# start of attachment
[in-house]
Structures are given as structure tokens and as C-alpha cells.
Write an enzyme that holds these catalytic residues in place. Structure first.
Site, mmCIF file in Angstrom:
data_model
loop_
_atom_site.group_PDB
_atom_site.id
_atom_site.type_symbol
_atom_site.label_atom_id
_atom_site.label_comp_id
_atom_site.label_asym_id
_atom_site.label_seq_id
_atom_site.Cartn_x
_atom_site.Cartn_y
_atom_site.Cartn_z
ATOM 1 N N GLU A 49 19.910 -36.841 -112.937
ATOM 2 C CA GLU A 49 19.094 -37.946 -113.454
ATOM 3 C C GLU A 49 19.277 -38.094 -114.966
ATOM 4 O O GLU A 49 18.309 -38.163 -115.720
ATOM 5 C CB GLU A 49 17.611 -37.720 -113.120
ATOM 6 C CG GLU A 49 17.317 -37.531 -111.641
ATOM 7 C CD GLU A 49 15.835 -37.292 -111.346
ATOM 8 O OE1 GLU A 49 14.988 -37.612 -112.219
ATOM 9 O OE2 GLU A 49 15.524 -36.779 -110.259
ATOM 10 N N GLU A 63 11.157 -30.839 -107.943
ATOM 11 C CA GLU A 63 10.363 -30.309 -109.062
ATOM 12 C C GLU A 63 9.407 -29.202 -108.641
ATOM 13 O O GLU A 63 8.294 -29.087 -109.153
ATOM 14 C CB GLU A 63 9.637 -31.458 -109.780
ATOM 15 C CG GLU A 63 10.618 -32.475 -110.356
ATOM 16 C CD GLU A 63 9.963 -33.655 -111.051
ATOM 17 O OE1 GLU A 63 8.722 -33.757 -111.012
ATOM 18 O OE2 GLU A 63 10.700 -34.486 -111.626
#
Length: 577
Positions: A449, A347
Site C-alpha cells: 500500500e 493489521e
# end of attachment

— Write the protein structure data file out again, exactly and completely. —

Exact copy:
[in-house]
Structures are given as structure tokens and as C-alpha cells.
Write an enzyme that holds these catalytic residues in place. Structure first.
Site, mmCIF file in Angstrom:
data_model
loop_
_atom_site.group_PDB
_atom_site.id
_atom_site.type_symbol
_atom_site.label_atom_id
_atom_site.label_comp_id
_atom_site.label_asym_id
_atom_site.label_seq_id
_atom_site.Cartn_x
_atom_site.Cartn_y
_atom_site.Cartn_z
ATOM 1 N N GLU A 49 19.910 -36.841 -112.937
ATOM 2 C CA GLU A 49 19.094 -37.946 -113.454
ATOM 3 C C GLU A 49 19.277 -38.094 -114.966
ATOM 4 O O GLU A 49 18.309 -38.163 -115.720
ATOM 5 C CB GLU A 49 17.611 -37.720 -113.120
ATOM 6 C CG GLU A 49 17.317 -37.531 -111.641
ATOM 7 C CD GLU A 49 15.835 -37.292 -111.346
ATOM 8 O OE1 GLU A 49 14.988 -37.612 -112.219
ATOM 9 O OE2 GLU A 49 15.524 -36.779 -110.259
ATOM 10 N N GLU A 63 11.157 -30.839 -107.943
ATOM 11 C CA GLU A 63 10.363 -30.309 -109.062
ATOM 12 C C GLU A 63 9.407 -29.202 -108.641
ATOM 13 O O GLU A 63 8.294 -29.087 -109.153
ATOM 14 C CB GLU A 63 9.637 -31.458 -109.780
ATOM 15 C CG GLU A 63 10.618 -32.475 -110.356
ATOM 16 C CD GLU A 63 9.963 -33.655 -111.051
ATOM 17 O OE1 GLU A 63 8.722 -33.757 -111.012
ATOM 18 O OE2 GLU A 63 10.700 -34.486 -111.626
#
Length: 577
Positions: A449, A347
Site C-alpha cells: 500500500e 493489521e